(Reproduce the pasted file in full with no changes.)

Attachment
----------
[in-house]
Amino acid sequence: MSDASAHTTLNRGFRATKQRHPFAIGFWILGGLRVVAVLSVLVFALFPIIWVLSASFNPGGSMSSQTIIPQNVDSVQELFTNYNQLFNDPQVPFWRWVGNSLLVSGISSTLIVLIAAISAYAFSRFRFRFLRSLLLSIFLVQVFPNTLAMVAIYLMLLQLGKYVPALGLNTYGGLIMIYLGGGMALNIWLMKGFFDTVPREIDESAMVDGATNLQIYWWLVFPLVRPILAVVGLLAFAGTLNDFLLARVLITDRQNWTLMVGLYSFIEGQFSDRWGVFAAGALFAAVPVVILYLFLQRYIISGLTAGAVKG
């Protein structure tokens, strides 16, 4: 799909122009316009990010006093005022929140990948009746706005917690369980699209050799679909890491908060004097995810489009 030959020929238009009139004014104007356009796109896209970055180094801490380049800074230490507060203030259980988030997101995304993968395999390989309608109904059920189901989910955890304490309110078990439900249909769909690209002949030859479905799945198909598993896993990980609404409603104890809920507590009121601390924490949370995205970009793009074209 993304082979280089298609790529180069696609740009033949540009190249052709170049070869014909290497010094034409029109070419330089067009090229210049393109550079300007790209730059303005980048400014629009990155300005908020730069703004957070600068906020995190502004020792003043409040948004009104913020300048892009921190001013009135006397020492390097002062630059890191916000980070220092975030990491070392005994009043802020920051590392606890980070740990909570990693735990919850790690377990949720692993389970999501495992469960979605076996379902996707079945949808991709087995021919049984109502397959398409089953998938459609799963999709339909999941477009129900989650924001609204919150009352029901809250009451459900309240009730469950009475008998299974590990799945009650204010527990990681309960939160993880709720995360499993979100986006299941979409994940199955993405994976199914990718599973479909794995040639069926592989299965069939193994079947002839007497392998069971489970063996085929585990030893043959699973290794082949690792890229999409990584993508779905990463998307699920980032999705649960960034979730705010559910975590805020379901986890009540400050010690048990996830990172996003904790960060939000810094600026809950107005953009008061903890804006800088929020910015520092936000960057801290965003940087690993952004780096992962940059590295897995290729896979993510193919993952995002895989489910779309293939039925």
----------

[in-house]
Amino acid sequence: MSDASAHTTLNRGFRATKQRHPFAIGFWILGGLRVVAVLSVLVFALFPIIWVLSASFNPGGSMSSQTIIPQNVDSVQELFTNYNQLFNDPQVPFWRWVGNSLLVSGISSTLIVLIAAISAYAFSRFRFRFLRSLLLSIFLVQVFPNTLAMVAIYLMLLQLGKYVPALGLNTYGGLIMIYLGGGMALNIWLMKGFFDTVPREIDESAMVDGATNLQIYWWLVFPLVRPILAVVGLLAFAGTLNDFLLARVLITDRQNWTLMVGLYSFIEGQFSDRWGVFAAGALFAAVPVVILYLFLQRYIISGLTAGAVKG
């Protein structure tokens, strides 16, 4: 799909122009316009990010006093005022929140990948009746706005917690369980699209050799679909890491908060004097995810489009 030959020929238009009139004014104007356009796109896209970055180094801490380049800074230490507060203030259980988030997101995304993968395999390989309608109904059920189901989910955890304490309110078990439900249909769909690209002949030859479905799945198909598993896993990980609404409603104890809920507590009121601390924490949370995205970009793009074209 993304082979280089298609790529180069696609740009033949540009190249052709170049070869014909290497010094034409029109070419330089067009090229210049393109550079300007790209730059303005980048400014629009990155300005908020730069703004957070600068906020995190502004020792003043409040948004009104913020300048892009921190001013009135006397020492390097002062630059890191916000980070220092975030990491070392005994009043802020920051590392606890980070740990909570990693735990919850790690377990949720692993389970999501495992469960979605076996379902996707079945949808991709087995021919049984109502397959398409089953998938459609799963999709339909999941477009129900989650924001609204919150009352029901809250009451459900309240009730469950009475008998299974590990799945009650204010527990990681309960939160993880709720995360499993979100986006299941979409994940199955993405994976199914990718599973479909794995040639069926592989299965069939193994079947002839007497392998069971489970063996085929585990030893043959699973290794082949690792890229999409990584993508779905990463998307699920980032999705649960960034979730705010559910975590805020379901986890009540400050010690048990996830990172996003904790960060939000810094600026809950107005953009008061903890804006800088929020910015520092936000960057801290965003940087690993952004780096992962940059590295897995290729896979993510193919993952995002895989489910779309293939039925």